formed from the products of disintegration of nucleo-proteids of cells, such as
those of the spleen and lymphatic glands, has not been transformed into urea,
as would be the case were it allowed to pass through the liver. Those
products of disintegration are proteids, phosphates, and xanthin- (alloxuric)
bases. The latter partly undergo further oxidation into uric acid, partly are
eliminated directly by the kidneys as xanthin or hypoxanthin. They are
increased in blood which has been perfused through almost all organs of

^ Hypoxanthin given to birds also markedly increases the uric acid of the urine ; this
also occurs, however, when the liver is removed. It is therefore probably transformed by
a process of simple oxidation in the tissues (v. Mach, with Minkowski, Arch. f. cxper.
Path. u. Pharmakol., Leipzig, 1887, Bd. xxiii. S. 139).

2 Stadtbagen, Virchow's Archiv, 1887, Bd. cix. S. 390, found no uric acid in the spleen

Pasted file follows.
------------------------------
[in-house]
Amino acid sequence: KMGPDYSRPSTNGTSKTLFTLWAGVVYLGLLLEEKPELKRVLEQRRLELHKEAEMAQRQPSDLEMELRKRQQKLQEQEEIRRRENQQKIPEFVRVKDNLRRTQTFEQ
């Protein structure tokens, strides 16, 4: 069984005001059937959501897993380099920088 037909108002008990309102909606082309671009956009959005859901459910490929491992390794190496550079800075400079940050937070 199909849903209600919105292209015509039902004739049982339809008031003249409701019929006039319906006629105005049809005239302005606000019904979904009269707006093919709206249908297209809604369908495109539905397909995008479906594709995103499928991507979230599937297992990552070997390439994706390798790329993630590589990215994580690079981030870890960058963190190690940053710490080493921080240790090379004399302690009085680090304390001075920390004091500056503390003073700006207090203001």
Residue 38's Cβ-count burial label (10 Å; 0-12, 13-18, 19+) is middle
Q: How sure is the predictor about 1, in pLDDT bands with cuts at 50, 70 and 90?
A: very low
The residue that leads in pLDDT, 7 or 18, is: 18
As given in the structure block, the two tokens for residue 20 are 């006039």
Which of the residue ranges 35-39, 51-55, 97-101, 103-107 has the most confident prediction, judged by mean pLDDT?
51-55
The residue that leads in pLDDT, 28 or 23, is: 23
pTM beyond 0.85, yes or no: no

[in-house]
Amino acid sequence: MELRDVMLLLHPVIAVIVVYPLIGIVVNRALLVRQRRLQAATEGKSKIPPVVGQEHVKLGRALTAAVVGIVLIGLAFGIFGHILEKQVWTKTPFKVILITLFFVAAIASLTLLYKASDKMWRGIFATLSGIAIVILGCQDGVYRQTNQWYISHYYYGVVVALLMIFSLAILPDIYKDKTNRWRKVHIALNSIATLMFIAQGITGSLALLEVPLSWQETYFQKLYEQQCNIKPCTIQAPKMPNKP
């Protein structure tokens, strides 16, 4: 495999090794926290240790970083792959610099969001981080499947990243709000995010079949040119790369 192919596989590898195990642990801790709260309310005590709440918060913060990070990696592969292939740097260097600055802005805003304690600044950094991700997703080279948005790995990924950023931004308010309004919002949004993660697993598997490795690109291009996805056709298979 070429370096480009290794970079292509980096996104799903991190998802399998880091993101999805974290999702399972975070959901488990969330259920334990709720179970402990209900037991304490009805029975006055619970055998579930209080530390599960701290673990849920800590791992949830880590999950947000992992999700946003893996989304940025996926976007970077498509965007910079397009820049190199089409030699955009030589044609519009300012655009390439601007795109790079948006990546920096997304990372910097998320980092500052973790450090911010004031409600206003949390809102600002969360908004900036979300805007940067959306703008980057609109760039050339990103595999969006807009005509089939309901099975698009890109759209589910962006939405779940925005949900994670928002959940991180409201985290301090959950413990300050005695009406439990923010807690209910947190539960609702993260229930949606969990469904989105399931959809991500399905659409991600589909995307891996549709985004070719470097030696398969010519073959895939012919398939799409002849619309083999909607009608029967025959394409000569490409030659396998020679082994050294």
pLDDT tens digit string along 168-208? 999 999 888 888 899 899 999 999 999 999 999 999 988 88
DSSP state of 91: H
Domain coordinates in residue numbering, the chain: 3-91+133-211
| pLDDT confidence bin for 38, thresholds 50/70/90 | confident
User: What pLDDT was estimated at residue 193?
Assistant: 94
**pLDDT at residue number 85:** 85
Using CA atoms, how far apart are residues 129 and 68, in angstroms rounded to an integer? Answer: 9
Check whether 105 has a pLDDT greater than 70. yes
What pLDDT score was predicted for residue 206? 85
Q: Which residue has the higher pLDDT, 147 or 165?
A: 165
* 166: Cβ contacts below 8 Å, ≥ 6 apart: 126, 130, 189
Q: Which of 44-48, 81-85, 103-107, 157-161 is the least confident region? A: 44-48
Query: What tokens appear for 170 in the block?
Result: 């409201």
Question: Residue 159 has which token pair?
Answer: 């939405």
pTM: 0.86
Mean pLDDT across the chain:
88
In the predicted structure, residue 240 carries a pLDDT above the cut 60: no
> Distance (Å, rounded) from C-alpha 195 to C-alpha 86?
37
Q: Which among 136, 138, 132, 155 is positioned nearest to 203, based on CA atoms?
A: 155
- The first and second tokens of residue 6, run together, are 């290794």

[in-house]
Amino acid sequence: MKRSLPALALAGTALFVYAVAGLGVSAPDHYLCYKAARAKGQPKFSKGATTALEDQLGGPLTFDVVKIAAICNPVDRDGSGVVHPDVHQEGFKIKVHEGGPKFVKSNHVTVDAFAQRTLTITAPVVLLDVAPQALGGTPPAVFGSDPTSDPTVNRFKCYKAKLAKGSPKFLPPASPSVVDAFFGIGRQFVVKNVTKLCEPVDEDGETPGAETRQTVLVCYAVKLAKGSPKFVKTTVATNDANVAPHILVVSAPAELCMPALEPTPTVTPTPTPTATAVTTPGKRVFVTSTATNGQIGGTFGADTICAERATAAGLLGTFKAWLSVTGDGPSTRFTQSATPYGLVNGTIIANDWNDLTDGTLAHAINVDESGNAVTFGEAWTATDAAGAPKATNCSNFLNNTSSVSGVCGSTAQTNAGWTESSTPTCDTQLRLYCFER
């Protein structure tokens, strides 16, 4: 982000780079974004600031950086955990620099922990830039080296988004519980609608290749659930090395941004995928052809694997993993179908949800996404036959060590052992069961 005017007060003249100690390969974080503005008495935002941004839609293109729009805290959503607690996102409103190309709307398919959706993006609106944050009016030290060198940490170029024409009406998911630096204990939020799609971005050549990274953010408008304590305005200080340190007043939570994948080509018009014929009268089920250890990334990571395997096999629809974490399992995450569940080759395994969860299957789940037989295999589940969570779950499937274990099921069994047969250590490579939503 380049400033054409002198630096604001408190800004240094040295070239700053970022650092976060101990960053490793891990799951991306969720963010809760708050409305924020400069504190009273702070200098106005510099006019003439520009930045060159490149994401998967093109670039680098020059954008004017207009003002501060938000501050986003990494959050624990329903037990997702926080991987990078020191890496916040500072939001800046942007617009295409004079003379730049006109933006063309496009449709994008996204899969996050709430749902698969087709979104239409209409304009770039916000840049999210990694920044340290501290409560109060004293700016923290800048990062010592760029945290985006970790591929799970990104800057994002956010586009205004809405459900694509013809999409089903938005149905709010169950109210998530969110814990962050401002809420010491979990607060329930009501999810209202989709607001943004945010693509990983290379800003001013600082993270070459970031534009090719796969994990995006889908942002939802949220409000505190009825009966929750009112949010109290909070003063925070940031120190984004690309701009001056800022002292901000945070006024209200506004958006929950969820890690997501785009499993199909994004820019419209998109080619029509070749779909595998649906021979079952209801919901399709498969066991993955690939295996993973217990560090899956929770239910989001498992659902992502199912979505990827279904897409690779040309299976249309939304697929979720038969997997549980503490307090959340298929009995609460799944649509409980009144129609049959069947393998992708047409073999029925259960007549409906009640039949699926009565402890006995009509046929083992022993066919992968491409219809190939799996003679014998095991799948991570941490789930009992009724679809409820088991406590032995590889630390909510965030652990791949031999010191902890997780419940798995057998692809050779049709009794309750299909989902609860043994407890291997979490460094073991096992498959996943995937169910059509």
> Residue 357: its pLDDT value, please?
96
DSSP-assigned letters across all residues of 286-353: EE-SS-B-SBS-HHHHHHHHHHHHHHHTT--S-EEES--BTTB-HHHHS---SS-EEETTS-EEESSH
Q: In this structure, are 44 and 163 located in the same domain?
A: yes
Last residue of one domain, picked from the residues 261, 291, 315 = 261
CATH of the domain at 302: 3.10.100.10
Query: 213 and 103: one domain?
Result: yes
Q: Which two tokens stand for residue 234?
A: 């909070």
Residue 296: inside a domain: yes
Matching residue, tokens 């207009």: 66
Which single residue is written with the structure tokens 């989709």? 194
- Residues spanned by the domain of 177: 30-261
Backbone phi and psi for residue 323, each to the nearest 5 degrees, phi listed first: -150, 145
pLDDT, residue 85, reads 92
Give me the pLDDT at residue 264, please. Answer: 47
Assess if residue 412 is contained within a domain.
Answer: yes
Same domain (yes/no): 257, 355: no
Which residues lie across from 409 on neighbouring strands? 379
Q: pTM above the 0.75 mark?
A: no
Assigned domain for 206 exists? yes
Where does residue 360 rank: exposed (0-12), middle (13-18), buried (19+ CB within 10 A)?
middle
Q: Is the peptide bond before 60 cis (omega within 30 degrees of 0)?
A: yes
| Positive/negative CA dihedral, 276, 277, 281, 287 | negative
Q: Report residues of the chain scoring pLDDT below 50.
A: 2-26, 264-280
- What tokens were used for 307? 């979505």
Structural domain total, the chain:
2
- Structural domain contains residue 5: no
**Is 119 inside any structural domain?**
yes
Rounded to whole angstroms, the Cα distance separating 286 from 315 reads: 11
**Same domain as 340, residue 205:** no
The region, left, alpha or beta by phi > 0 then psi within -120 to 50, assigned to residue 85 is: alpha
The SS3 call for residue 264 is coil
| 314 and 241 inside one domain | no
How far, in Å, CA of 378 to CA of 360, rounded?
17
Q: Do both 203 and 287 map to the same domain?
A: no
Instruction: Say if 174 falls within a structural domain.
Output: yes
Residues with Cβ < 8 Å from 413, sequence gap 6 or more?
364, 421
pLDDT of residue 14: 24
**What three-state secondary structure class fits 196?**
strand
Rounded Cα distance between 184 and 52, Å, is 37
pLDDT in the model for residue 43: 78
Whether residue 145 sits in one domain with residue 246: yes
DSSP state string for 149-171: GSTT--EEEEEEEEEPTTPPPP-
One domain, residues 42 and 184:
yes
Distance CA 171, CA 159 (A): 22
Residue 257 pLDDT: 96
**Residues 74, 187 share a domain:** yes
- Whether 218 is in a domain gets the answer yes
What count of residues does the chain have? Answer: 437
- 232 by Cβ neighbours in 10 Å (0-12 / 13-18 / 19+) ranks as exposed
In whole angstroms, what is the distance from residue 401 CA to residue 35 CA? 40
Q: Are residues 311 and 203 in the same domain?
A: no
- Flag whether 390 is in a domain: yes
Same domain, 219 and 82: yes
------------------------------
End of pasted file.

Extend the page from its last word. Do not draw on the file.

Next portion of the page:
or liver in cases of leukfemia, but abundance of xanthin and hypoxanthin. There was a great
increase of uric acid in the urine, but this was not further increased by giving uric acid
with the food.

3 Arch, slaves de bioL, Paris, 1887, tome iii. p. 207.

* Sitzungsb. d. k. Alcad. d. Wissensch., Wien, 1889, Bd. xcviii., Abth. 3, S. 301 ; ihid.,
1891, Bd. e. S. 78 ; Arch. f. Physiol., Leipzig, 1893, S. 109. Cf. Mares, Sitzungsb. d. k.
Aka'd. d. Wissensch., Wien, Bd. ci., Abth. 3, S. 12.


the body, but especially those with much lymphoid tissue.^ In amphibia
and fishes the oxidation to uric acid does not occur, and this substance is not
found in the urine. ^ Part of the uric acid of the bird's urine appears to be
produced in the same manner as in mammals, and does not disappear after
extirpation of the liver. ^

Influence of muscular activity on proteid metabolism. — As

we have already insisted upon, the greater part of the metabolism of